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Back to School with Pizzazz

The strangest, oldest, and most crucial supplies for your education

Write from the Start

What kind of supplies did kids bring to school in the good old days?

Sumer (In the Fertile Crescent), ancient times: In history’s first recorded schools, boys were taught the finest skill of the day: writing. Scribes were important people back then and learning the trade was serious business. With no paper or pens, these industrious students engraved their work on clay tablets. Luckily, modern archaeologists discovered some that could still be read and used to learn about ancient life, thousands of years later.

England, 1400s: It was called a hornbook, and with a handle attached to a wooden slab, it could be carried wherever a child ventured. The alphabet letters stood engraved on the front, protected by a transparent sheet made from a horn. This helped children memorize their letters.

America, 1800s: School supplies were precious and treated with great care. Walking to their one-room schoolhouses, children typically carried a couple of books, a slate, and some writing supplies (like chalk, a feather quill, or graphite pencils), all held tight in a belt or leather strap. Wealthier students often owned wooden pencil boxes; some super-fancy ones even came with their own little inkwell inside! These nice cases were known as scholar’s companions — and many came with lock and key to keep those valuable learning tools safe. Students didn’t have insulated lunch boxes or paper lunch bags; they carried their lunch in pails. Pretty different than what you’re used to, huh?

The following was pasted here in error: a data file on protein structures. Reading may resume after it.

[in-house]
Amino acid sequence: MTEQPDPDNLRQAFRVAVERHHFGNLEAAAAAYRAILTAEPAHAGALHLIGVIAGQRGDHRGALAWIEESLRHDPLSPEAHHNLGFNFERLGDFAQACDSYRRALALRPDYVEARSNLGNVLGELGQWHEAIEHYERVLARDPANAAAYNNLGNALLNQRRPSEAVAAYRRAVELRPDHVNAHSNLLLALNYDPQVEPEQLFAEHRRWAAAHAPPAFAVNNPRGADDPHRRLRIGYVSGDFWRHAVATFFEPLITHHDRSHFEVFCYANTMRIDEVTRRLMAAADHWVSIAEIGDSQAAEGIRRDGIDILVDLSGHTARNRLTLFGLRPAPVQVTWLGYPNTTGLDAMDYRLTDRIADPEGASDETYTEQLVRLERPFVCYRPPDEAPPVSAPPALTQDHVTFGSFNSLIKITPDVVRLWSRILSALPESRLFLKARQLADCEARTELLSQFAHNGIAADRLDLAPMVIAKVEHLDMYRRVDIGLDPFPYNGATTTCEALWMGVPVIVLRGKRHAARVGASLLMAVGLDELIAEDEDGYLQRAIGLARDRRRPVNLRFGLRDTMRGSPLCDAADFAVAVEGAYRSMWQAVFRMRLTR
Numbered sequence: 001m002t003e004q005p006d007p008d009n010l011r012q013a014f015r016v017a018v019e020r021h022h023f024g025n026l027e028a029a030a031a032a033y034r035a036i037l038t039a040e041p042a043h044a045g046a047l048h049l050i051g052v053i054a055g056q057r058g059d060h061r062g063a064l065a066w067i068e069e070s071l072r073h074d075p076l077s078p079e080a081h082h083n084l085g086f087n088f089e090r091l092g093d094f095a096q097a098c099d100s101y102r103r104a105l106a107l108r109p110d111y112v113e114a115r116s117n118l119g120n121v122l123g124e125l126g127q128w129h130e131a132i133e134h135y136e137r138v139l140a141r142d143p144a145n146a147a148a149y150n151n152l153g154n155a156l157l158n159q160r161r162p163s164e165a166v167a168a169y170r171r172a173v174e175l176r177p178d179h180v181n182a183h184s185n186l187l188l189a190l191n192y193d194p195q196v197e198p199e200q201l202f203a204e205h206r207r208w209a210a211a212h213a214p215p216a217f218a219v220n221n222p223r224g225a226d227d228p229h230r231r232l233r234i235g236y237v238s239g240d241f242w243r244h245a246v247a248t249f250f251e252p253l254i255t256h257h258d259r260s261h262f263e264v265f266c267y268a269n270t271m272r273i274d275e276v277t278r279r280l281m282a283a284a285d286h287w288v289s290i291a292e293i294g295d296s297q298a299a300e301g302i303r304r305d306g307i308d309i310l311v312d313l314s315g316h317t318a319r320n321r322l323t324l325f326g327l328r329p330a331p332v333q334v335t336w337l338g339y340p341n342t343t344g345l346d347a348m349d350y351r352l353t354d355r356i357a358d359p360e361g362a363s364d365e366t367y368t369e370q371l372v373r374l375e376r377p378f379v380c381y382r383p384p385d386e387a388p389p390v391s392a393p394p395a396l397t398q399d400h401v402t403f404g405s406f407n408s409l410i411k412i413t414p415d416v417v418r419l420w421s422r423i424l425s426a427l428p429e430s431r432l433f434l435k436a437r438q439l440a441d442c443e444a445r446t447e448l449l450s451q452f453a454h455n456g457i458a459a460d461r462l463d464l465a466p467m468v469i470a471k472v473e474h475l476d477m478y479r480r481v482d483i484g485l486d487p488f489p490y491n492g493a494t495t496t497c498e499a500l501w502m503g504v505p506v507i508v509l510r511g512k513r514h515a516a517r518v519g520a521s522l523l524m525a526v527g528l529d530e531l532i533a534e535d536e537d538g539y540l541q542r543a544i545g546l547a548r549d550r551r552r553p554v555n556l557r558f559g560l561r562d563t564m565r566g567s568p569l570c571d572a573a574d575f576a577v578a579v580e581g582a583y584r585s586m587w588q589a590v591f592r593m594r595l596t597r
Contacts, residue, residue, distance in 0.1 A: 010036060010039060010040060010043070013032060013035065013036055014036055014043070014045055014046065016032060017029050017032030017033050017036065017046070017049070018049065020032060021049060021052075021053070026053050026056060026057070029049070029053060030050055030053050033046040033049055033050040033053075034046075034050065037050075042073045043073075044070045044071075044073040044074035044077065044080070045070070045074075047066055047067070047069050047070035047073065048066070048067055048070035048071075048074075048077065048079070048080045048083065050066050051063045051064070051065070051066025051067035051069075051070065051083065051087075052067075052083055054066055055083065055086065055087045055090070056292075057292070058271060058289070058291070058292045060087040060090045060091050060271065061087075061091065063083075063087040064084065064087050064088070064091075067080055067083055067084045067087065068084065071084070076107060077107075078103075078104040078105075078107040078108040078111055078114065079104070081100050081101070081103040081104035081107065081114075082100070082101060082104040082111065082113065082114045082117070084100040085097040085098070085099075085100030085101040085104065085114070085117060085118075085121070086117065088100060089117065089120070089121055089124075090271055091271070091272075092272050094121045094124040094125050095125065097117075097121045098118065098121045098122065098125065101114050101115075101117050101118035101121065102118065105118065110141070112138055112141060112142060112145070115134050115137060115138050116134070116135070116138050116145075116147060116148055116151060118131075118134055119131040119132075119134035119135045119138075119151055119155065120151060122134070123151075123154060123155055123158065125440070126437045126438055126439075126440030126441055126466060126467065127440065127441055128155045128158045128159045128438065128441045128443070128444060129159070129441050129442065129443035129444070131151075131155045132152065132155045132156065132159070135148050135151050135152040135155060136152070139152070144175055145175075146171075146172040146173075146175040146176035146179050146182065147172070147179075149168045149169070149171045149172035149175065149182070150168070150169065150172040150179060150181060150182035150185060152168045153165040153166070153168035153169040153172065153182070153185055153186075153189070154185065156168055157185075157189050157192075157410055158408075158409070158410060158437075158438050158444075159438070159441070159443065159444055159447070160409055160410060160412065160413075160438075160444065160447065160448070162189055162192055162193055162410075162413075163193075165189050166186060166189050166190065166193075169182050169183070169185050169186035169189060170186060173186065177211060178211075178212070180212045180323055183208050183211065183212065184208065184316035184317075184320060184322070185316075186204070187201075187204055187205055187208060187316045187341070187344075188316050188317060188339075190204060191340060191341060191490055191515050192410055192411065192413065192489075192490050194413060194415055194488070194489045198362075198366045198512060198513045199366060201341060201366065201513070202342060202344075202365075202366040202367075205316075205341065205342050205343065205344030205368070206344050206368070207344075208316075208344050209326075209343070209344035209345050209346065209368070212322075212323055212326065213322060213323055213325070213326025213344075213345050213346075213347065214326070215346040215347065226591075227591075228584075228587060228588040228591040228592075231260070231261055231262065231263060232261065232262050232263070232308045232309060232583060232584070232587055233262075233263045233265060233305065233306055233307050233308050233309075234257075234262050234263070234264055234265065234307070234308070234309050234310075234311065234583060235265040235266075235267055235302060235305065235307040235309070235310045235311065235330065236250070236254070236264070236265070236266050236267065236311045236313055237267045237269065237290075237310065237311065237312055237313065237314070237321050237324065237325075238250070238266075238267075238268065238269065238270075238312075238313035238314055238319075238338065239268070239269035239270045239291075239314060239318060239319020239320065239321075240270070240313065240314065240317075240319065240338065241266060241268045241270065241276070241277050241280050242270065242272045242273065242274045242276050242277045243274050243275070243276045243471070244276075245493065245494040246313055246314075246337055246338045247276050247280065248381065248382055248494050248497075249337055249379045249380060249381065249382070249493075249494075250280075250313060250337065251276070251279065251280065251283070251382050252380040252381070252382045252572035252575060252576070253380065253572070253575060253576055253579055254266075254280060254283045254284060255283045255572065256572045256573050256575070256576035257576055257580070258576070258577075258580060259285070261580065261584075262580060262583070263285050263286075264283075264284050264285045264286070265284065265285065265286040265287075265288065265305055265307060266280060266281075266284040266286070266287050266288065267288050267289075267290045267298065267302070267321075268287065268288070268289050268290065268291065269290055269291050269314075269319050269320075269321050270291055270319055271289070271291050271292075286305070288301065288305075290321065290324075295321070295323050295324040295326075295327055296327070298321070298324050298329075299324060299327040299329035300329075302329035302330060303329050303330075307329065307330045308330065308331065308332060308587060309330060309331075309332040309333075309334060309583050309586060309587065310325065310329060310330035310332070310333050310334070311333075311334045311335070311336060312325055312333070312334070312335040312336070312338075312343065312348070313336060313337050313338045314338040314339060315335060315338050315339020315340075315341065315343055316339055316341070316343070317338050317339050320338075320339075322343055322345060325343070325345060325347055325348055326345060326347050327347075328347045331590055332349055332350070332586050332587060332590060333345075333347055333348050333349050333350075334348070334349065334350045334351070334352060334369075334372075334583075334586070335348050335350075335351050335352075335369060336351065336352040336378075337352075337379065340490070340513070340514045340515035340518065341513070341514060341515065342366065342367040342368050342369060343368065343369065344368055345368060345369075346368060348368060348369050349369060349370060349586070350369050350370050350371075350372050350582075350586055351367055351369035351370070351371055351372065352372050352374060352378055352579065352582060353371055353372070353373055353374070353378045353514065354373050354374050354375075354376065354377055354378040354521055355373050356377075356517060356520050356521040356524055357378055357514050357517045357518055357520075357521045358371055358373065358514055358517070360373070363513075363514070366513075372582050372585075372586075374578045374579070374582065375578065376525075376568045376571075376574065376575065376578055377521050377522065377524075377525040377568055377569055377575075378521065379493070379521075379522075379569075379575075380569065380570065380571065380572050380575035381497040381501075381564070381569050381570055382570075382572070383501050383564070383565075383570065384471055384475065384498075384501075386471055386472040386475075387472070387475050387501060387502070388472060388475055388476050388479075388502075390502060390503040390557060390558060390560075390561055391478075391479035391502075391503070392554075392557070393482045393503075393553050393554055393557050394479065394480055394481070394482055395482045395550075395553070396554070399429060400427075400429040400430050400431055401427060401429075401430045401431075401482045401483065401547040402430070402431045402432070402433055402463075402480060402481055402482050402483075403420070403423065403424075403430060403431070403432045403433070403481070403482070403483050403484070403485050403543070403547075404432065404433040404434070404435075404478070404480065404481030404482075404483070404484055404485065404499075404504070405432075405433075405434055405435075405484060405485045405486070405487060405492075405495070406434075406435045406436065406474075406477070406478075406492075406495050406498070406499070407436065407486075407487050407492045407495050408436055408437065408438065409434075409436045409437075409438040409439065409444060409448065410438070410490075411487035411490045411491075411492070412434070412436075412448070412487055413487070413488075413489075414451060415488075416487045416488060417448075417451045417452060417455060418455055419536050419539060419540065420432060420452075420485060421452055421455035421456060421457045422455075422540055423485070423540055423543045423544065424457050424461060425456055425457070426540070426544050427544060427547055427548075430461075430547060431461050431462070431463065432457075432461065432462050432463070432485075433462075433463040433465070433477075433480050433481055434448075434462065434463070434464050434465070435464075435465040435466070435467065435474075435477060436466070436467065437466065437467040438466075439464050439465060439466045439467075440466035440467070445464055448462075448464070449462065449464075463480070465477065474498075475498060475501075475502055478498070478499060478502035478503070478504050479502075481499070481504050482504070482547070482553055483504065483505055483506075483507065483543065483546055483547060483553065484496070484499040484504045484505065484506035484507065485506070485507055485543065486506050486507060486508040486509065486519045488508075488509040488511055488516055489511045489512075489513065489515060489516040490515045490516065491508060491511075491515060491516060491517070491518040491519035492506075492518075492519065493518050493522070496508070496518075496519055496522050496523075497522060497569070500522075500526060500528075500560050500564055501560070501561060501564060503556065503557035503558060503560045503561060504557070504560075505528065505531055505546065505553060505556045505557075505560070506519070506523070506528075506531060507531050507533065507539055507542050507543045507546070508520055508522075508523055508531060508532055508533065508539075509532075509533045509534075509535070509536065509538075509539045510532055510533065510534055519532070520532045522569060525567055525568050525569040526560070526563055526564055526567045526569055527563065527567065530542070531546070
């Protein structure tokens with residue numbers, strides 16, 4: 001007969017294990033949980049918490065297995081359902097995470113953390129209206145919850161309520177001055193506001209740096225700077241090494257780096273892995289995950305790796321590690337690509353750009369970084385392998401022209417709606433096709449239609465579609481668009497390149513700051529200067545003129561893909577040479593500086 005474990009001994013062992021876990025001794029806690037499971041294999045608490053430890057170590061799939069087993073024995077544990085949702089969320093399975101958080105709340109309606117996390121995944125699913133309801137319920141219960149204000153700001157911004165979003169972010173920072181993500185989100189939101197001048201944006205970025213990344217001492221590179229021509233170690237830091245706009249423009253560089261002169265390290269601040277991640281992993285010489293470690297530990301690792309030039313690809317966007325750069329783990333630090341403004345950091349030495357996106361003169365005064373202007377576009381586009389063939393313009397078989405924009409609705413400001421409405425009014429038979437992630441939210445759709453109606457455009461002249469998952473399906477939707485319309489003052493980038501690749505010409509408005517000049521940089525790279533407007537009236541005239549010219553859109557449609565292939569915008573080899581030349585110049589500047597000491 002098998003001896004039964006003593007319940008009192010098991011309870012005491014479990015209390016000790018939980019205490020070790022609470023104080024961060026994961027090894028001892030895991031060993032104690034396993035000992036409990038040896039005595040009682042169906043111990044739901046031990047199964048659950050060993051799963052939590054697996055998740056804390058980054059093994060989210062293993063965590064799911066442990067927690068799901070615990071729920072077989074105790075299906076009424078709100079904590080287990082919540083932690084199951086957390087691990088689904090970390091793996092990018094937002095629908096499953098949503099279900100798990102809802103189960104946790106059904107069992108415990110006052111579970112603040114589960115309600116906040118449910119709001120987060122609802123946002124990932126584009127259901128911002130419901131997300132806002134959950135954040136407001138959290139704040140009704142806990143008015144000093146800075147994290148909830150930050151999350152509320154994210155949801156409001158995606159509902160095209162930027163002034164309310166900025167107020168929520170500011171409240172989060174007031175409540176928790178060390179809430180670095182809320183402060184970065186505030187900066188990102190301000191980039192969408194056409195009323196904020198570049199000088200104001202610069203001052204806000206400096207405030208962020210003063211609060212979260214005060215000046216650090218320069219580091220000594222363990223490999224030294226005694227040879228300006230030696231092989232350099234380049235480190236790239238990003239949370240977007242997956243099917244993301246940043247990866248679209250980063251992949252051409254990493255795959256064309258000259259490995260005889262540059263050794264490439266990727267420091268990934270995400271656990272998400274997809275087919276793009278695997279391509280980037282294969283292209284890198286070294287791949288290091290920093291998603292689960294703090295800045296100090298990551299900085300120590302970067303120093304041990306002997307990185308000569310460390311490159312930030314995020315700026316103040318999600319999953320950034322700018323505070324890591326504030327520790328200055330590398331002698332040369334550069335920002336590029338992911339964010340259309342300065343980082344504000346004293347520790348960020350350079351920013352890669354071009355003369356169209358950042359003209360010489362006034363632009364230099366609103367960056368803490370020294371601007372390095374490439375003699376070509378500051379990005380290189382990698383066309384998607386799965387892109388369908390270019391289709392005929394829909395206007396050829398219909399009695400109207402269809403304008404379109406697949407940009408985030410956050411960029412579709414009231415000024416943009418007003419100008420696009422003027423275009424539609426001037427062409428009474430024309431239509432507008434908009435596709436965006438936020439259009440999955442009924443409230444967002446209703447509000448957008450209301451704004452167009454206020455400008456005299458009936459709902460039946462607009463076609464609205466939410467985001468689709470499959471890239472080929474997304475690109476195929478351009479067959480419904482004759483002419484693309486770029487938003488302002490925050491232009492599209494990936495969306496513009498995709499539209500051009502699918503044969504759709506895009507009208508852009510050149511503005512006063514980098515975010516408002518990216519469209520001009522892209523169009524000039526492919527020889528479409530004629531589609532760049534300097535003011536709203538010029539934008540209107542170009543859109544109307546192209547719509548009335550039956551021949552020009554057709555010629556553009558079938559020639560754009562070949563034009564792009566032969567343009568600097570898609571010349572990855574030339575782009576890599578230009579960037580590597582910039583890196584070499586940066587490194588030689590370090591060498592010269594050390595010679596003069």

Early-mid 1900s: Hooray! Paper and pencils finally became the norm some years into the 20th century. What a relief… No more tablets or slates (though watch out, modern-day students… Soon enough, paper may be entirely replaced by computers)! The 1930’s saw Dick and Jane books make their debut, with simple-to-read (but kinda boring) sentences like, “See Dick run, see Jane sit.” These served as standard curriculum staples until the ’70s. By 1943, “Pee-Chee” folders, available only in the color peach and with pictures of kids playing sports on the front, enabled students to keep their papers more orderly. Finally, in the 1960’s, spiral notebooks full of lined paper made note-taking more doable as education continued to progress.

Late 1900s: Students of the ’70s enjoyed a newfangled school item: pocket calculators. What fun! (Now, though, those are used less, since even middle schoolers often require scientific calculators). Throughout the ’80s, while big hair and boom boxes were in style, Trapper Keeper binders became de rigueur, as students enjoyed the Velcro flap and dividers that organized their papers so well. During this time, backpacks also took their place on the must-have list. Onward toward a new era of learning and success!

(Excerpted from Mishpacha Jr., Issue 775)

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